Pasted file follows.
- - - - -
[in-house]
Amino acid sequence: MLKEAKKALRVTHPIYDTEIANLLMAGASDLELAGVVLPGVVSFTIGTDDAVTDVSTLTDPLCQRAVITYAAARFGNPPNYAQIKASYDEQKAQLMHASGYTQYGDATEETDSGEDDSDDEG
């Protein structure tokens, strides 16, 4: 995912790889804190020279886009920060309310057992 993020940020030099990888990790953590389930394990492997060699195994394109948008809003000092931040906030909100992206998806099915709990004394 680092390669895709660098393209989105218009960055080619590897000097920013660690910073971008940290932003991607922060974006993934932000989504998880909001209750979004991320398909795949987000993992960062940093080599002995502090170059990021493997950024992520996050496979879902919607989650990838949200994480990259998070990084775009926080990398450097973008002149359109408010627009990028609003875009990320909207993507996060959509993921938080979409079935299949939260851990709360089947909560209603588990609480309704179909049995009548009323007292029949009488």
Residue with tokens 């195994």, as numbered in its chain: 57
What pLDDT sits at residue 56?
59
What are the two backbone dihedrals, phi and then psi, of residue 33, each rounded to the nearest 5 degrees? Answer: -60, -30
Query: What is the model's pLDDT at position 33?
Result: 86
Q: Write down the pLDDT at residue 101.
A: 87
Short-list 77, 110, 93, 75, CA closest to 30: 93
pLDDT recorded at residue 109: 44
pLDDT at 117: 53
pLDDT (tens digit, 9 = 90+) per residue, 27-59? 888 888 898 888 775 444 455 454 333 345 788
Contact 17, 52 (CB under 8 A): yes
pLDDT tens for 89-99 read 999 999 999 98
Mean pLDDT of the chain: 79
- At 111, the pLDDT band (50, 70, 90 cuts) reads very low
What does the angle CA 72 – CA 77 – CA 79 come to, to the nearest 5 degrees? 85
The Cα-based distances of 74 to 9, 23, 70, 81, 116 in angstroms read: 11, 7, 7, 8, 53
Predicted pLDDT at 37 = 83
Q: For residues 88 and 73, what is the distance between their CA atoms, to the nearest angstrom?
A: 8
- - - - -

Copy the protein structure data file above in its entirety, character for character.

[in-house]
Amino acid sequence: MLKEAKKALRVTHPIYDTEIANLLMAGASDLELAGVVLPGVVSFTIGTDDAVTDVSTLTDPLCQRAVITYAAARFGNPPNYAQIKASYDEQKAQLMHASGYTQYGDATEETDSGEDDSDDEG
């Protein structure tokens, strides 16, 4: 995912790889804190020279886009920060309310057992 993020940020030099990888990790953590389930394990492997060699195994394109948008809003000092931040906030909100992206998806099915709990004394 680092390669895709660098393209989105218009960055080619590897000097920013660690910073971008940290932003991607922060974006993934932000989504998880909001209750979004991320398909795949987000993992960062940093080599002995502090170059990021493997950024992520996050496979879902919607989650990838949200994480990259998070990084775009926080990398450097973008002149359109408010627009990028609003875009990320909207993507996060959509993921938080979409079935299949939260851990709360089947909560209603588990609480309704179909049995009548009323007292029949009488």
Residue with tokens 């195994």, as numbered in its chain: 57
What pLDDT sits at residue 56?
59
What are the two backbone dihedrals, phi and then psi, of residue 33, each rounded to the nearest 5 degrees? Answer: -60, -30
Query: What is the model's pLDDT at position 33?
Result: 86
Q: Write down the pLDDT at residue 101.
A: 87
Short-list 77, 110, 93, 75, CA closest to 30: 93
pLDDT recorded at residue 109: 44
pLDDT at 117: 53
pLDDT (tens digit, 9 = 90+) per residue, 27-59? 888 888 898 888 775 444 455 454 333 345 788
Contact 17, 52 (CB under 8 A): yes
pLDDT tens for 89-99 read 999 999 999 98
Mean pLDDT of the chain: 79
- At 111, the pLDDT band (50, 70, 90 cuts) reads very low
What does the angle CA 72 – CA 77 – CA 79 come to, to the nearest 5 degrees? 85
The Cα-based distances of 74 to 9, 23, 70, 81, 116 in angstroms read: 11, 7, 7, 8, 53
Predicted pLDDT at 37 = 83
Q: For residues 88 and 73, what is the distance between their CA atoms, to the nearest angstrom?
A: 8